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Why I Still Have a Desktop Computer


Legacy is the only reason I continue to have a desktop computer.  The old way of managing devices hasn’t withered enough to rely completely on IoT devices.  In other words, I still see some value in my current old stuff to keep a desktop around.  This will not last forever and I give it a maximum of two years.

So what’s this old stuff?  My digital camera (2011) and bicycle GPS (2012) are the popular ones.  I can likely connect them to an iPad or mobile phone, but a desktop is much easier because they are designed to function across a USB cable.  However, as I replace these devices with IoT devices, there will not be a need for a desktop.

Familiar access to storage is another reason to keep a desktop.  With 400gb of digital photography stored on my desktop, I can access them quickly as well as have them integrate into other software.  For example, I can email my Mom pictures of my kids directly from Picasa, which uploaded pictures from my digital camera.

Of course, this is legacy hardware imposing itself on legacy software.  That is to say, I can much easier send pictures taken from my iPhone of the same kids to the same mom.  It’s when I try to access mobile from desktop (or the other way around), it becomes less easy.  It is like I’m living two lives.

As an IT professional I know many shortcuts around these difficulties.  But why bother?  Until cloud storage is really, really cheap, I will keep the 70,000 pictures on my already-paid-for desktop.  But I know ultimately it will all be in the cloud.

And the cloud is where the biggest changes are being made.  All the storage-with-mobile-access cloud services are not yet there for someone like me.  I want convenient access to my images and documents.  I’m using CrashPlan to backup my images, but accessing them on my mobile devices is clunky.  Adobe, Google, Apple and Amazon all have cloud storage with mobile access offerings, but they cost money and require faith in their service.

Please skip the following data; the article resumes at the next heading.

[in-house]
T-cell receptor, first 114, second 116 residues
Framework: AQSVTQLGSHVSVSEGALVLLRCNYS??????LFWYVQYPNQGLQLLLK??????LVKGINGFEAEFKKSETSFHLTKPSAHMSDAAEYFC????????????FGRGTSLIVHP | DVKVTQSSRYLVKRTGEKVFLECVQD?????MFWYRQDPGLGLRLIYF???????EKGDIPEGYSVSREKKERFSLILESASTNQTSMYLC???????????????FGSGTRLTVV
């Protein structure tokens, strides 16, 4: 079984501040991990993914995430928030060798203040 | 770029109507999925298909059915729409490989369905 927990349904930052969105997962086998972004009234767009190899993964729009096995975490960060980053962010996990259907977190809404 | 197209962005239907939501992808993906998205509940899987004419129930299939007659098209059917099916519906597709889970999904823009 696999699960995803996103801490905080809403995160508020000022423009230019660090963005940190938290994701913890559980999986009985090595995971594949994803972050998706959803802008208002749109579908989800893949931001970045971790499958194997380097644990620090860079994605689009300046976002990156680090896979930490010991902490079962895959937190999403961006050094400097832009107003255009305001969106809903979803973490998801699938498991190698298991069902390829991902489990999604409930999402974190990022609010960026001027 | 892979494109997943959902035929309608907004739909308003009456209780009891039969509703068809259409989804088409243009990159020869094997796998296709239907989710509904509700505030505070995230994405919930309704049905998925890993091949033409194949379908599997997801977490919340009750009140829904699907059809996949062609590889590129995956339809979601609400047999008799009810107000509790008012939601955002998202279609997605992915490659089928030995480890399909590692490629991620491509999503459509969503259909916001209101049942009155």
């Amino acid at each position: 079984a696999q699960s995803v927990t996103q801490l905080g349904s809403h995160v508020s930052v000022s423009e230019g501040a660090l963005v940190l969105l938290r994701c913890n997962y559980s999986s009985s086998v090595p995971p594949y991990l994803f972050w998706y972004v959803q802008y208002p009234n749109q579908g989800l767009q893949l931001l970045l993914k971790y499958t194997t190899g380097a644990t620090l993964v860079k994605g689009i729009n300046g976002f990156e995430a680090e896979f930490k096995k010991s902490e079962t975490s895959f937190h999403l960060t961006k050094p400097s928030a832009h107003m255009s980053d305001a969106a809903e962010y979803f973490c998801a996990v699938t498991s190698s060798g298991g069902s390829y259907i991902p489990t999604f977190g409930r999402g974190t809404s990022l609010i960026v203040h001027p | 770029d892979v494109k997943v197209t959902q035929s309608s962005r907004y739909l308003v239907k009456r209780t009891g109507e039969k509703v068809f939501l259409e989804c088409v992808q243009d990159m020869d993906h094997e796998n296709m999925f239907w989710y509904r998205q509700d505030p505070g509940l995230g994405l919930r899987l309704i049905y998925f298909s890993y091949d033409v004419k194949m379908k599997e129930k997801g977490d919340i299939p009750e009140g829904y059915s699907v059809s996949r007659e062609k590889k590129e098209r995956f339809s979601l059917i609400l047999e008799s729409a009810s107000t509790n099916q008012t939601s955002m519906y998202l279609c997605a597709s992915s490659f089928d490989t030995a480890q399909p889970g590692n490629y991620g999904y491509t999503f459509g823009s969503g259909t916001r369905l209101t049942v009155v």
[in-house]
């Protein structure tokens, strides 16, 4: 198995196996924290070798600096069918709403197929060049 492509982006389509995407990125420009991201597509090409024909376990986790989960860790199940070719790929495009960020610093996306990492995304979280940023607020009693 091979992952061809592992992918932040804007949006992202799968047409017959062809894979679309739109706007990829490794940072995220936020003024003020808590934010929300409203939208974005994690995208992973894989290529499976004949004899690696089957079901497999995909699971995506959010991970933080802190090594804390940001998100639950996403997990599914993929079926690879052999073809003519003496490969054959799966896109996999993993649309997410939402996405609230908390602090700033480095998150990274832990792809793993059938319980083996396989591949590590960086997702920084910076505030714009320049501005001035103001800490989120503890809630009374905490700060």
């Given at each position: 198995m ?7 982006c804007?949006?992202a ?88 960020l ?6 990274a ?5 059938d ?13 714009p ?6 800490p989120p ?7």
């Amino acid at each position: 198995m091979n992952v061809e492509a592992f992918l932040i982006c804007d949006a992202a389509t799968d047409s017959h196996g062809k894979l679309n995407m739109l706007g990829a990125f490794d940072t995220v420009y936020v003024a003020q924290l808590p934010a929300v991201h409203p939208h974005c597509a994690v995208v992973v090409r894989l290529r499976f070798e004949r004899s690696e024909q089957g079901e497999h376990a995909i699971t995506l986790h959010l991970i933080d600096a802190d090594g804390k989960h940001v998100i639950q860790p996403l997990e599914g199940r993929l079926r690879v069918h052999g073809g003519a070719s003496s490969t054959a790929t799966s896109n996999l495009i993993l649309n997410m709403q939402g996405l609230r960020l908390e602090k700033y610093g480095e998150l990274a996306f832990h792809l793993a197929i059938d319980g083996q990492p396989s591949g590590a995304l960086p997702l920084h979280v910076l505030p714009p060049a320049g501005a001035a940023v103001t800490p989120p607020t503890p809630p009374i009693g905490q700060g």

Which brings me to probably the most important aspect: faith.  Will these services not lose my data and keep it secure?  Will someone else be able to view my images?  Will a company trick me into giving my images for them to resell?  Will my images become corrupt?  I had a serious problem with Carbonite’s supposed business backup service that, in short, appeared to work, but did not actually backup my data.  Bad, very bad.

This post will become incredibly obsolete in as quickly as six months.  All the big cloud service companies are working very hard to provide image and data storage with mobile access.  This fits in nicely with less devices needing desktops to function.  I foresee the majority of people like myself going fully cloud by 2020.

The future of my home office will essentially be a living room TV that can stream what is on my phone, which in turn can access my data via apps.  I’ll still need a nice chair.

(For what it’s worth, I barely use the desktop: I work off my laptop 99% of the time!)

Andre Preoteasa is the founder and CEO of Drinks Technology, the first and only IT services company for the beverage alcohol industry. He’s a technologist into everything from blockchain to big data to snapchat filters. New Jersey resident with two young daughters, he would be a historian if it paid as well as tech.

About the Author Anthony Idi